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Anesthetic management with labor epidural analgesia of the parturient with severe factor VII deficiency: a case report
  1. Benjamin Hyers1,
  2. Camila Cabrera2,
  3. Christopher Walsh3,
  4. Anusha Reddy1,
  5. Talia Strulowitz1,
  6. Joshua Hamburger1,
  7. Nakiyah Knibbs1,
  8. Daniel Katz1,2,
  9. Lauren Ferrara2 and
  10. Yaakov Beilin1,2
  1. 1Anesthesiology, Perioperative, and Pain Medicine, Icahn School of Medicine at Mount Sinai, New York, New York, USA
  2. 2Obstetrics, Gynecology, and Reproductive Sciences, Icahn School of Medicine at Mount Sinai, New York, New York, USA
  3. 3The Mount Sinai Hemophilia Center, The Mount Sinai Hospital, New York, New York, USA
  1. Correspondence to Dr Benjamin Hyers, Anesthesiology, Perioperative, and Pain Medicine, Icahn School of Medicine at Mount Sinai, New York, New York, USA; benjamin.hyers{at}mountsinai.org

Abstract

Background Factor VII deficiency is considered a contraindication to neuraxial anesthesia due to the risk of an epidural hematoma.

Case Report A 32 year old G1P0 parturient with severe factor VII deficiency presented for an anesthesiology consultation at 32 weeks gestation. Initial coagulation studies were significant for an elevated INR (2.0) and a low factor VII level of 6%. After interdisciplinary discussion, it was decided that neuraxial analgesia could be offered if her coagulation studies corrected after administration of recombinant activated factor VII (rFVIIa). The patient presented at 36 weeks gestation for a rFVIIa challenge. She received 22 mcg/kg rFVIIa and coagulation studies were analyzed 20 minutes later which showed complete correction of the coagulopathy. The patient presented to the hospital at 39 weeks and 3 days for delivery, received 2 mg rFVIIa and 20 minutes later, successfully received an epidural catheter. Her INR was monitored every 3 hours during her labor course and rFVIIa was given if the INR was 1.3 or greater. She required three additional doses over 22 hours. No bleeding or thrombotic events occurred, and the patient was discharged home without complications.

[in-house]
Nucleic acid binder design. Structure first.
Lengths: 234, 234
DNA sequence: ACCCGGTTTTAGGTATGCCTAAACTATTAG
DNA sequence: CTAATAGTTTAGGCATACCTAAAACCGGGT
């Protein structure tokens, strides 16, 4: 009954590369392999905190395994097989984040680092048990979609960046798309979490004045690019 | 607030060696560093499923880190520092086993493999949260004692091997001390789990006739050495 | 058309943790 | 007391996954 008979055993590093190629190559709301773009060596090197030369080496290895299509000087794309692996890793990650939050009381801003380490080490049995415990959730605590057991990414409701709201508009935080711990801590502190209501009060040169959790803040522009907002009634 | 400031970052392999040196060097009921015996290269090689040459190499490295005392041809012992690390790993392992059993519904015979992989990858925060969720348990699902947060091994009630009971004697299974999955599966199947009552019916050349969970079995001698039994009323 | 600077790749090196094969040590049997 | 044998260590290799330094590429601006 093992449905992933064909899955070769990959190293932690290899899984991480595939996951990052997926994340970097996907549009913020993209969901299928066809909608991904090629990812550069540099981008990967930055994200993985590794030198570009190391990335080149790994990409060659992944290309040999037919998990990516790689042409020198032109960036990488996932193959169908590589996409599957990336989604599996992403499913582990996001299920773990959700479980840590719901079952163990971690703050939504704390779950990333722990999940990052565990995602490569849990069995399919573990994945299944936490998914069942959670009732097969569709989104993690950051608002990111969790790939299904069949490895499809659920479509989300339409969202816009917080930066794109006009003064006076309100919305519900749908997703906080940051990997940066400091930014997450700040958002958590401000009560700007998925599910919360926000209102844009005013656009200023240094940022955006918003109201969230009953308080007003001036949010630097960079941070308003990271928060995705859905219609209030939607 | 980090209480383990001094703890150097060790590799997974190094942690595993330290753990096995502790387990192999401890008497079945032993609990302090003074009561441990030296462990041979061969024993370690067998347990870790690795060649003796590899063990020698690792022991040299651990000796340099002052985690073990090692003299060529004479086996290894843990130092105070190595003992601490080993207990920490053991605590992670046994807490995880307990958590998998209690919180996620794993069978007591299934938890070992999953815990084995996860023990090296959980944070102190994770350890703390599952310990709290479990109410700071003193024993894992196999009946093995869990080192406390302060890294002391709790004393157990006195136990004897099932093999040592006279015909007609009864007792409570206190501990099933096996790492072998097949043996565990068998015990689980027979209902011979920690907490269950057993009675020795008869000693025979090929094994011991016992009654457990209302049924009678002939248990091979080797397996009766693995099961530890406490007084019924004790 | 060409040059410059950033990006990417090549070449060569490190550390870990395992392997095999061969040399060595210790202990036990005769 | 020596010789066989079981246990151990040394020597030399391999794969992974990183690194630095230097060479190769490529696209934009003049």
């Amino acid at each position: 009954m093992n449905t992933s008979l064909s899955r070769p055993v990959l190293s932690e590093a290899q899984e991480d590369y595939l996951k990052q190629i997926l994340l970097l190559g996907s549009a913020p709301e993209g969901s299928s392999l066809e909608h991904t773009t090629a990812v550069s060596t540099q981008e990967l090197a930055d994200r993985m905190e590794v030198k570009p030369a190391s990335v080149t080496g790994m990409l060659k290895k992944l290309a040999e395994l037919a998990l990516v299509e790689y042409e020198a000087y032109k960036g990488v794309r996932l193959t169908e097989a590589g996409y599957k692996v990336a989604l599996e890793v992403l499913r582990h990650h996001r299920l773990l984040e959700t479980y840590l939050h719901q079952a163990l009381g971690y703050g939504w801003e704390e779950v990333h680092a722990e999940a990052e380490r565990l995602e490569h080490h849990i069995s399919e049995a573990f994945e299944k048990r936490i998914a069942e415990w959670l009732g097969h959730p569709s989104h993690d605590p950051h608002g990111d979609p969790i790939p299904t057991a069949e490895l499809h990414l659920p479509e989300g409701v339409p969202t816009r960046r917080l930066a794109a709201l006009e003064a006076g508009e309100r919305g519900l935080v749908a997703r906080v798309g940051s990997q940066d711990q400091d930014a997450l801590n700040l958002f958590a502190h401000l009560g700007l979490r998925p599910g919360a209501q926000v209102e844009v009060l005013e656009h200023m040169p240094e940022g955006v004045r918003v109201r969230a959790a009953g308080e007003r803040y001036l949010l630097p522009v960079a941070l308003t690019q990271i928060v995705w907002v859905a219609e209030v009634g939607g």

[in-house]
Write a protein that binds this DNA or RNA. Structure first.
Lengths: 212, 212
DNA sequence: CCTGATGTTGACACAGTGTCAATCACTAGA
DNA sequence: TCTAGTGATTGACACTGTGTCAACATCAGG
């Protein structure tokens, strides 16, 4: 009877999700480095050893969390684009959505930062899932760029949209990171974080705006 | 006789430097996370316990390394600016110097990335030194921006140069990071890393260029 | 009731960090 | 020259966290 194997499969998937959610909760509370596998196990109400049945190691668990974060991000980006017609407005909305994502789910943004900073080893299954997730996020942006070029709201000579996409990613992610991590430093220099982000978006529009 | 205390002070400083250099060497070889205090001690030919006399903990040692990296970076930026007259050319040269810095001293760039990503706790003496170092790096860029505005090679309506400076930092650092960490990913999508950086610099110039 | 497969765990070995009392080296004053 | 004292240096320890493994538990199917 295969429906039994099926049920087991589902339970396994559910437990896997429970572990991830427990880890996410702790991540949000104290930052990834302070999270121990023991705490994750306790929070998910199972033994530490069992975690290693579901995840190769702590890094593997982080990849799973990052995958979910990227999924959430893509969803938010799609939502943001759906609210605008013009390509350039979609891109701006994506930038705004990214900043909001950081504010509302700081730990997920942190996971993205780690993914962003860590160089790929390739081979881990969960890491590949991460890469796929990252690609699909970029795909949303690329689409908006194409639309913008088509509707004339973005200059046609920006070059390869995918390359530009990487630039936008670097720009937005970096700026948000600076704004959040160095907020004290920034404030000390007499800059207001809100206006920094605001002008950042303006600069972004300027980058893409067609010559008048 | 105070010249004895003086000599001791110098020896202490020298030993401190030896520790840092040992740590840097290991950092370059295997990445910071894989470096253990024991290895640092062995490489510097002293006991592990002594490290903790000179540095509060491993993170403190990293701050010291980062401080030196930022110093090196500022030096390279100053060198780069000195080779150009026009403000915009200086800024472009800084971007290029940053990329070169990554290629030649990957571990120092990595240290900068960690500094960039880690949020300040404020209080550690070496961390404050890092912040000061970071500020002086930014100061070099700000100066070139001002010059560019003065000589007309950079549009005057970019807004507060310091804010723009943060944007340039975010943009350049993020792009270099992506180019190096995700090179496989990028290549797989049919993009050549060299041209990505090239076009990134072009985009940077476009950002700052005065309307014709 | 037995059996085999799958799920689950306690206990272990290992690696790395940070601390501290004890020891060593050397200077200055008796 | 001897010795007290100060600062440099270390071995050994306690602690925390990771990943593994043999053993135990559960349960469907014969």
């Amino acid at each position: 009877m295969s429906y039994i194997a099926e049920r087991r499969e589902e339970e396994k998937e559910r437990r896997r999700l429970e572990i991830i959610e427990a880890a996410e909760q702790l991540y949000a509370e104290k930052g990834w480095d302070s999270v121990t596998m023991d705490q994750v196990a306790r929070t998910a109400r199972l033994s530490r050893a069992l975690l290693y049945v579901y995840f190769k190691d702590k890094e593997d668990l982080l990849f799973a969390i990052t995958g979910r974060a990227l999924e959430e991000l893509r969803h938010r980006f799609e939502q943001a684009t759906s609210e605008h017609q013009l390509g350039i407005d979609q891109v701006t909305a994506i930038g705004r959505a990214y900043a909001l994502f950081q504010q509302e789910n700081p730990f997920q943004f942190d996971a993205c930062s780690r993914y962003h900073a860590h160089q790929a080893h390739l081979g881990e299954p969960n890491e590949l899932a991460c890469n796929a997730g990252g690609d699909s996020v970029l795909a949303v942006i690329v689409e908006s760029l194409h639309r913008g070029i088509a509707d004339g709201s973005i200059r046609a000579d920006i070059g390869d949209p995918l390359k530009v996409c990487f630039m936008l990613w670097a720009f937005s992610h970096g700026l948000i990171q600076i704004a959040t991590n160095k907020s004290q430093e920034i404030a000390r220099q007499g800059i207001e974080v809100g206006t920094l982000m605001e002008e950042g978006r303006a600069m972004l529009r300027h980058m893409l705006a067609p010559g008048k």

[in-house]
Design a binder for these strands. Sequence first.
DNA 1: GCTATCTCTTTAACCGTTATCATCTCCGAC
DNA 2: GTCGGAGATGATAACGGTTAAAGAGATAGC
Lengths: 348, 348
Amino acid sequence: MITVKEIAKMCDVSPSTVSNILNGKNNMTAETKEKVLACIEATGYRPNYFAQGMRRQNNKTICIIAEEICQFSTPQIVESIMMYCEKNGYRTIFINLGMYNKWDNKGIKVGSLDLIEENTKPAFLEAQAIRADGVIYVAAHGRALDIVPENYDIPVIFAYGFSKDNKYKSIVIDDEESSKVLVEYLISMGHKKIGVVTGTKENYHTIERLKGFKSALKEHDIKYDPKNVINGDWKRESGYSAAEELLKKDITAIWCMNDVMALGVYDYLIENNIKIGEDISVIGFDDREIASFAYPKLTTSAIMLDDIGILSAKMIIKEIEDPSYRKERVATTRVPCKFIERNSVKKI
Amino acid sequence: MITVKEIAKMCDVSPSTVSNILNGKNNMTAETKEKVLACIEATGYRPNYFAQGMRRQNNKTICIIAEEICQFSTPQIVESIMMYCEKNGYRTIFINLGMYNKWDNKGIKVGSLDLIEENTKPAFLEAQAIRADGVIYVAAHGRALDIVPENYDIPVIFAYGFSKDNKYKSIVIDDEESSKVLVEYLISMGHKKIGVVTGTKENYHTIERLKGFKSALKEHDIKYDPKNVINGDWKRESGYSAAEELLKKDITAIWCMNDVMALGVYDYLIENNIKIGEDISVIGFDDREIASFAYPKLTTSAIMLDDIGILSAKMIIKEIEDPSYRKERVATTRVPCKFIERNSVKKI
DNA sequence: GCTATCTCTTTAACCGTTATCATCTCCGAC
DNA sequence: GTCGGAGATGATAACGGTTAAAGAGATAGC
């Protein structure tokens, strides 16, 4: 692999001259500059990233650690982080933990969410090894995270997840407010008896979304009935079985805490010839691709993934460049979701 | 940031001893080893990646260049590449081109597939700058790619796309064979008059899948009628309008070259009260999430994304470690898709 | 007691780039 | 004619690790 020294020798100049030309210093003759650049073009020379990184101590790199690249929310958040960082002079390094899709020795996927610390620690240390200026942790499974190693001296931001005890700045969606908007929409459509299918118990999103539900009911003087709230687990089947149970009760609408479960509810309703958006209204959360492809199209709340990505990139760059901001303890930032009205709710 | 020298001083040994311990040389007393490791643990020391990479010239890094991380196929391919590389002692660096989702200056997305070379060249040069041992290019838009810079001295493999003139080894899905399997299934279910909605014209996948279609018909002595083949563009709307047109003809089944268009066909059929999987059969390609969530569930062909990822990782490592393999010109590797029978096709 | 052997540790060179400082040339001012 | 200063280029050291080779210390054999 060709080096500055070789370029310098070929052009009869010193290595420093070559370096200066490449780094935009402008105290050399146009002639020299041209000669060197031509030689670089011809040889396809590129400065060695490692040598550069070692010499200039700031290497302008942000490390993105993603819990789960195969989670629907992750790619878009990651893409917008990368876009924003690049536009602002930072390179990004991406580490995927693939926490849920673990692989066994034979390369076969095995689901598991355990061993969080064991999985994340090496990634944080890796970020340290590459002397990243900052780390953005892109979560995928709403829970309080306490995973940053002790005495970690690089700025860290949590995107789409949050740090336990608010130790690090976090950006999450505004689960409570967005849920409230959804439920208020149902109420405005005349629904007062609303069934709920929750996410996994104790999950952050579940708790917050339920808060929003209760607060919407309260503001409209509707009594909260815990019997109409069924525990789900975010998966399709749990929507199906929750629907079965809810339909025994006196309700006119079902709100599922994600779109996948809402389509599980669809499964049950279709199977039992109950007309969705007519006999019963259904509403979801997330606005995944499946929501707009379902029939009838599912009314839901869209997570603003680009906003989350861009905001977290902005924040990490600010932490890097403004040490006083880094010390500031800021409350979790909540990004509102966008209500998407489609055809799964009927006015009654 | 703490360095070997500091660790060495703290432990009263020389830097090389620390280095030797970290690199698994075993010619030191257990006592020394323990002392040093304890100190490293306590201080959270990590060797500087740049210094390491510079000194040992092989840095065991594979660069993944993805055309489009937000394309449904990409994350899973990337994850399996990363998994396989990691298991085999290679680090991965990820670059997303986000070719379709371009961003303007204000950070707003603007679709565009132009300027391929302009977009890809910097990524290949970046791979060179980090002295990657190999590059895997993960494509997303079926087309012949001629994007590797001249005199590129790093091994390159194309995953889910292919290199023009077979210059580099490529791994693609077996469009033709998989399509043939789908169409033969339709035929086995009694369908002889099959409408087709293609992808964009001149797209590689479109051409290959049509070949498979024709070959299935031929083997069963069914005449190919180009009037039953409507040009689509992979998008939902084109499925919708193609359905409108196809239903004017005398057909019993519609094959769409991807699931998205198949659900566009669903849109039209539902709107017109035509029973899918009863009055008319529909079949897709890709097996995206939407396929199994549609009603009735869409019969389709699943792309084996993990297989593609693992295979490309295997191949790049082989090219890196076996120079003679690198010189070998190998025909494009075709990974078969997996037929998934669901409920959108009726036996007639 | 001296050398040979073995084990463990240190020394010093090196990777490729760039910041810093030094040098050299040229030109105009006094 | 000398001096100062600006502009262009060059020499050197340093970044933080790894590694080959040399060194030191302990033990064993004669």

Conclusion This case highlights the safe management of an epidural catheter in a parturient with severe factor VII deficiency.

  • Pain Management
  • Obstetrics
  • analgesia

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Footnotes

  • Contributors BH: involved in antepartum anesthesiology consultation, involved in all drafts of the paper, reviewed and edited final manuscript. CC: helped write first draft of paper and reviewed final manuscript. CW: hematologist, developed recommendations for rFVIIa administration during labor and delivery, edited and reviewed final manuscript. AR: helped write first draft of paper, involved in antepartum anesthesiology consultation, edited and reviewed final manuscript. TS: edited and reviewed final manuscript. JH: edited and reviewed final manuscript. NK: edited and reviewed final manuscript. DJK: edited and reviewed final manuscript. LF: maternal fetal medicine obstetrician, coordinated all obstetrical care for this patient, edited and reviewed final manuscript. YB: senior author, involved in all drafts of the paper, coordinated all anesthesia care for this patient including antepartum anesthesiology consultation, reviewed final manuscript.

  • Funding The authors have not declared a specific grant for this research from any funding agency in the public, commercial or not-for-profit sectors.

  • Competing interests None declared.

  • Provenance and peer review Not commissioned; externally peer reviewed.